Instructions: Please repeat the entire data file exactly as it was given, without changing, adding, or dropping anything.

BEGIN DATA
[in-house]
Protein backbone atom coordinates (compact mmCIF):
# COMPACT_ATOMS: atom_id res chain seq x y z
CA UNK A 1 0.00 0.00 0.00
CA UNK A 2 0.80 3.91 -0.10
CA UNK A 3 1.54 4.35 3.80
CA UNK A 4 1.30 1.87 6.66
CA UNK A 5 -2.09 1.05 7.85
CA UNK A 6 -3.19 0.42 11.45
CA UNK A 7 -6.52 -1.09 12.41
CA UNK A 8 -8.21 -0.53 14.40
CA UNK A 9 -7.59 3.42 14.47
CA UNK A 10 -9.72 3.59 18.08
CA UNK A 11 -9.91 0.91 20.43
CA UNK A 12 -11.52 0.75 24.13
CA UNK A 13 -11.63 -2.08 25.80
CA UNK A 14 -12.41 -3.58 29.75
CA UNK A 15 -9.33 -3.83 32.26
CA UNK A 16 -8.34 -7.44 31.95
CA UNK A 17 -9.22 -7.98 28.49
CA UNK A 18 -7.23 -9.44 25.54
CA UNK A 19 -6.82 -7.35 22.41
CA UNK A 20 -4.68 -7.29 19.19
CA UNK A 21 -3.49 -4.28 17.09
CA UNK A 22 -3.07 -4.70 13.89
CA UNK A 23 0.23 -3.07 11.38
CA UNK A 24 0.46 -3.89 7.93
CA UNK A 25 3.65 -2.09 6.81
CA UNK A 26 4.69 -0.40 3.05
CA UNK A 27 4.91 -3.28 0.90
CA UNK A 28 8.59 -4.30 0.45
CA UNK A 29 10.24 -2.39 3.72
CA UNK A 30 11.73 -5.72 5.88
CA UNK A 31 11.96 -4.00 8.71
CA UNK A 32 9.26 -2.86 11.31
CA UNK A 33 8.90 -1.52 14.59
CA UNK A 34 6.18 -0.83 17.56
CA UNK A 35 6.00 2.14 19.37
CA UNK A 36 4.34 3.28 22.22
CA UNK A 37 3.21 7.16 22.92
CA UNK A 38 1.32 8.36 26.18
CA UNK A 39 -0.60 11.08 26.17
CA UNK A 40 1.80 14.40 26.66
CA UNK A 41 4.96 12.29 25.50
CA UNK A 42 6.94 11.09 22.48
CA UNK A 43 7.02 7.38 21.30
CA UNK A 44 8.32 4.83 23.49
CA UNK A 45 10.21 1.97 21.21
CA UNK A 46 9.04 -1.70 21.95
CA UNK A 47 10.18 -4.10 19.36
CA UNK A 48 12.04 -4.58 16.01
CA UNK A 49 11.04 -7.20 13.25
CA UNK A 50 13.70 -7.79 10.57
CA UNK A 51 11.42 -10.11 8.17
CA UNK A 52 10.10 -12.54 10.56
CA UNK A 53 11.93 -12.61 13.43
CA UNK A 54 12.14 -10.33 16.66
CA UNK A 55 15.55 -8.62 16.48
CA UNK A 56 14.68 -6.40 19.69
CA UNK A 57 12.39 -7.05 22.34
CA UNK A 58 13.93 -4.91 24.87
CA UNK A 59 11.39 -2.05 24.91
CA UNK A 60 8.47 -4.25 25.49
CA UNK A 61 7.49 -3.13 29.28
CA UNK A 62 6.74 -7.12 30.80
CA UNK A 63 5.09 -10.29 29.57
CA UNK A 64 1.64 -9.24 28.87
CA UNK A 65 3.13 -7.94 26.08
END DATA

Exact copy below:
[in-house]
Protein backbone atom coordinates (compact mmCIF):
# COMPACT_ATOMS: atom_id res chain seq x y z
CA UNK A 1 0.00 0.00 0.00
CA UNK A 2 0.80 3.91 -0.10
CA UNK A 3 1.54 4.35 3.80
CA UNK A 4 1.30 1.87 6.66
CA UNK A 5 -2.09 1.05 7.85
CA UNK A 6 -3.19 0.42 11.45
CA UNK A 7 -6.52 -1.09 12.41
CA UNK A 8 -8.21 -0.53 14.40
CA UNK A 9 -7.59 3.42 14.47
CA UNK A 10 -9.72 3.59 18.08
CA UNK A 11 -9.91 0.91 20.43
CA UNK A 12 -11.52 0.75 24.13
CA UNK A 13 -11.63 -2.08 25.80
CA UNK A 14 -12.41 -3.58 29.75
CA UNK A 15 -9.33 -3.83 32.26
CA UNK A 16 -8.34 -7.44 31.95
CA UNK A 17 -9.22 -7.98 28.49
CA UNK A 18 -7.23 -9.44 25.54
CA UNK A 19 -6.82 -7.35 22.41
CA UNK A 20 -4.68 -7.29 19.19
CA UNK A 21 -3.49 -4.28 17.09
CA UNK A 22 -3.07 -4.70 13.89
CA UNK A 23 0.23 -3.07 11.38
CA UNK A 24 0.46 -3.89 7.93
CA UNK A 25 3.65 -2.09 6.81
CA UNK A 26 4.69 -0.40 3.05
CA UNK A 27 4.91 -3.28 0.90
CA UNK A 28 8.59 -4.30 0.45
CA UNK A 29 10.24 -2.39 3.72
CA UNK A 30 11.73 -5.72 5.88
CA UNK A 31 11.96 -4.00 8.71
CA UNK A 32 9.26 -2.86 11.31
CA UNK A 33 8.90 -1.52 14.59
CA UNK A 34 6.18 -0.83 17.56
CA UNK A 35 6.00 2.14 19.37
CA UNK A 36 4.34 3.28 22.22
CA UNK A 37 3.21 7.16 22.92
CA UNK A 38 1.32 8.36 26.18
CA UNK A 39 -0.60 11.08 26.17
CA UNK A 40 1.80 14.40 26.66
CA UNK A 41 4.96 12.29 25.50
CA UNK A 42 6.94 11.09 22.48
CA UNK A 43 7.02 7.38 21.30
CA UNK A 44 8.32 4.83 23.49
CA UNK A 45 10.21 1.97 21.21
CA UNK A 46 9.04 -1.70 21.95
CA UNK A 47 10.18 -4.10 19.36
CA UNK A 48 12.04 -4.58 16.01
CA UNK A 49 11.04 -7.20 13.25
CA UNK A 50 13.70 -7.79 10.57
CA UNK A 51 11.42 -10.11 8.17
CA UNK A 52 10.10 -12.54 10.56
CA UNK A 53 11.93 -12.61 13.43
CA UNK A 54 12.14 -10.33 16.66
CA UNK A 55 15.55 -8.62 16.48
CA UNK A 56 14.68 -6.40 19.69
CA UNK A 57 12.39 -7.05 22.34
CA UNK A 58 13.93 -4.91 24.87
CA UNK A 59 11.39 -2.05 24.91
CA UNK A 60 8.47 -4.25 25.49
CA UNK A 61 7.49 -3.13 29.28
CA UNK A 62 6.74 -7.12 30.80
CA UNK A 63 5.09 -10.29 29.57
CA UNK A 64 1.64 -9.24 28.87
CA UNK A 65 3.13 -7.94 26.08